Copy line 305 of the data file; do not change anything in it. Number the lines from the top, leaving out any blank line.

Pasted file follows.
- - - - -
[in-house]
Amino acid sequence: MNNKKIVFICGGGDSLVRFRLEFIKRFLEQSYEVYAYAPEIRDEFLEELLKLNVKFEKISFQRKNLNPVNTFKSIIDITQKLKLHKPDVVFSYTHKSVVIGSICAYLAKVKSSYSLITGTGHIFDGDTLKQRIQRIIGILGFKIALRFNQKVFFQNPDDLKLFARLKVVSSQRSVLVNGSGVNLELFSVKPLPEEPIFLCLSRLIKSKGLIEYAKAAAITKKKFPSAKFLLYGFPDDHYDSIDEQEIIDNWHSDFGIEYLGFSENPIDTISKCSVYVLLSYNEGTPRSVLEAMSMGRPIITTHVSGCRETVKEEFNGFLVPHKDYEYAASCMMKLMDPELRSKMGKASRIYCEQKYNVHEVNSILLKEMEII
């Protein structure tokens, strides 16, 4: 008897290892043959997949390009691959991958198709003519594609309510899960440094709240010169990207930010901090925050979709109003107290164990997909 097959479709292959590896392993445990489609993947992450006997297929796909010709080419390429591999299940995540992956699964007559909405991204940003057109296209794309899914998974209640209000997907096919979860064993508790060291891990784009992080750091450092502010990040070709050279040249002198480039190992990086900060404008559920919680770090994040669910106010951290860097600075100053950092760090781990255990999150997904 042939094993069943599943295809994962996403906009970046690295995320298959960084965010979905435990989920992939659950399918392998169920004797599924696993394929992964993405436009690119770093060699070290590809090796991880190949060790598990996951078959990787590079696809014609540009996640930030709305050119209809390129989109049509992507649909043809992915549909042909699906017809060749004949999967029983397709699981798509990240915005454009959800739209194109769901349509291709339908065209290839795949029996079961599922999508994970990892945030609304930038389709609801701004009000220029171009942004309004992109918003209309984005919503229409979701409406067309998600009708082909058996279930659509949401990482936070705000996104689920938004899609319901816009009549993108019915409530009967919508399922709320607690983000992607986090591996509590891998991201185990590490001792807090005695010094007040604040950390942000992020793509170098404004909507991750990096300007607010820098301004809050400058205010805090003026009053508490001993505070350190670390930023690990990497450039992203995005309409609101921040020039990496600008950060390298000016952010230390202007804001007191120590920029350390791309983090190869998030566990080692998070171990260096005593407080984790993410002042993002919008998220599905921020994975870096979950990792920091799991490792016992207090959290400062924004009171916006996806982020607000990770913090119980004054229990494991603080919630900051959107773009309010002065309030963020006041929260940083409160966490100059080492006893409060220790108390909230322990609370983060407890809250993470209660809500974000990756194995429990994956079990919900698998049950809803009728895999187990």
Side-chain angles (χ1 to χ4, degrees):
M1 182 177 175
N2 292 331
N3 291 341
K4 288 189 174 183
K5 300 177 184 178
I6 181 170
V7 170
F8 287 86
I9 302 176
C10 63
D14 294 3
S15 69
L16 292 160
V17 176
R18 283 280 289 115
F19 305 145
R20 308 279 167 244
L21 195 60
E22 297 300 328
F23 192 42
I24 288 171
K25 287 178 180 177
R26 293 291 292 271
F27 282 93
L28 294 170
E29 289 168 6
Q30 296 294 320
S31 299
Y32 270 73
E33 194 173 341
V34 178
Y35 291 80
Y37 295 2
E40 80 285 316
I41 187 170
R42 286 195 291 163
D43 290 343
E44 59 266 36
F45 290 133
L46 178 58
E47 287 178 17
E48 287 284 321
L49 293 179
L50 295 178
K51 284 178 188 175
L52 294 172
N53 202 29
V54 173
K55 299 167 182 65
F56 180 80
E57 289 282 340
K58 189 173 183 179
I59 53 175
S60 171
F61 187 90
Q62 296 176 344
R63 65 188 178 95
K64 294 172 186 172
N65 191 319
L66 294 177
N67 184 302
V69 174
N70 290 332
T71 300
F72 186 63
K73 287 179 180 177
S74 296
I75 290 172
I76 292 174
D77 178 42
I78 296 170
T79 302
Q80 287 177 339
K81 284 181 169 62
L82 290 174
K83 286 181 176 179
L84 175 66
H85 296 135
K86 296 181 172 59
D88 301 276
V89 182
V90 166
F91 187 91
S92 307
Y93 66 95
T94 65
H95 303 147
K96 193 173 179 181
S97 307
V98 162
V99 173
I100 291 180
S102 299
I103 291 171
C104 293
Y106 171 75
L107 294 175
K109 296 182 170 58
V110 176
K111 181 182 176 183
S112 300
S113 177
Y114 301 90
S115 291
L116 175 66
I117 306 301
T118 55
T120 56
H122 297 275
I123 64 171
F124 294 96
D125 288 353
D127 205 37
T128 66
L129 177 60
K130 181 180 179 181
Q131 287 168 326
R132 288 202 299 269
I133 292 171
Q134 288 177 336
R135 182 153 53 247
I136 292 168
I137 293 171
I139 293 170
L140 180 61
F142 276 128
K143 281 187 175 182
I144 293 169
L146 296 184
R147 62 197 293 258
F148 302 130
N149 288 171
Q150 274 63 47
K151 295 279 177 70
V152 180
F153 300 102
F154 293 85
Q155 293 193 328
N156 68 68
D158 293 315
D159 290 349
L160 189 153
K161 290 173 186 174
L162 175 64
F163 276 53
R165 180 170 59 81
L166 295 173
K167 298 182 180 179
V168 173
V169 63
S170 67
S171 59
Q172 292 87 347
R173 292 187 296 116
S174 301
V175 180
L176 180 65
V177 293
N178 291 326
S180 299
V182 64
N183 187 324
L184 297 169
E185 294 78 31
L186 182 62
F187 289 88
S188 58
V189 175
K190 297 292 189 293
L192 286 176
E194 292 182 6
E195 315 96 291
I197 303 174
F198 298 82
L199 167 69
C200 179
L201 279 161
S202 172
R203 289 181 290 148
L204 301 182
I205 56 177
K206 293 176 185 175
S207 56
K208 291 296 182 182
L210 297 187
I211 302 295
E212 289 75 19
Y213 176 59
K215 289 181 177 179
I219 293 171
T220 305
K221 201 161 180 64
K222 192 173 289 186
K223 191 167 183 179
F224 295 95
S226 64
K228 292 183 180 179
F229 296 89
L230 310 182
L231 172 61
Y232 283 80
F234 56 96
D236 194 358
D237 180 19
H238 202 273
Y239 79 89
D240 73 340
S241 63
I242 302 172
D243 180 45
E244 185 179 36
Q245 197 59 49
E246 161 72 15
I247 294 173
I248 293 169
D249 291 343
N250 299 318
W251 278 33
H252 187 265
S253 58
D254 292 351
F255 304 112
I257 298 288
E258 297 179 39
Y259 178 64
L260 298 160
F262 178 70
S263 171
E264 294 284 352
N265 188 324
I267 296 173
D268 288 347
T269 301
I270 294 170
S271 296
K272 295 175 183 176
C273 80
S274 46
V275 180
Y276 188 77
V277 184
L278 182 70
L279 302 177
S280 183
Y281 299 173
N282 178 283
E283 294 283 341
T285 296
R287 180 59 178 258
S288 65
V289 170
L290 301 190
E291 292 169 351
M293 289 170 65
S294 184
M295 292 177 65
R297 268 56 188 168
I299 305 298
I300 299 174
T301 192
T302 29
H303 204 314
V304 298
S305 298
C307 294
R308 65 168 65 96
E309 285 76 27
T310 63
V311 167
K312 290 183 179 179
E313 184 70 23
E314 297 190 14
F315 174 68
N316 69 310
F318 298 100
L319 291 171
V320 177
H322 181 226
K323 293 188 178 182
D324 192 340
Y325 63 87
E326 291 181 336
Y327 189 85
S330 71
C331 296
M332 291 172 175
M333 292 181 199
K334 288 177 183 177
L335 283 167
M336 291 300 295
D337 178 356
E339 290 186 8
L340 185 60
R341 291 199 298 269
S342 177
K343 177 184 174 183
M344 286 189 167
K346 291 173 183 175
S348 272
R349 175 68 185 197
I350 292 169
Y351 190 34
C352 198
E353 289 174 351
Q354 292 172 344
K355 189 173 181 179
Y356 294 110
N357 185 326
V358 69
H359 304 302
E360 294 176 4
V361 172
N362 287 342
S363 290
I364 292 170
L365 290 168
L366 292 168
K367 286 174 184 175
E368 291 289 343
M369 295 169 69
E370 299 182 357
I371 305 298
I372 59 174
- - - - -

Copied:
I350 292 169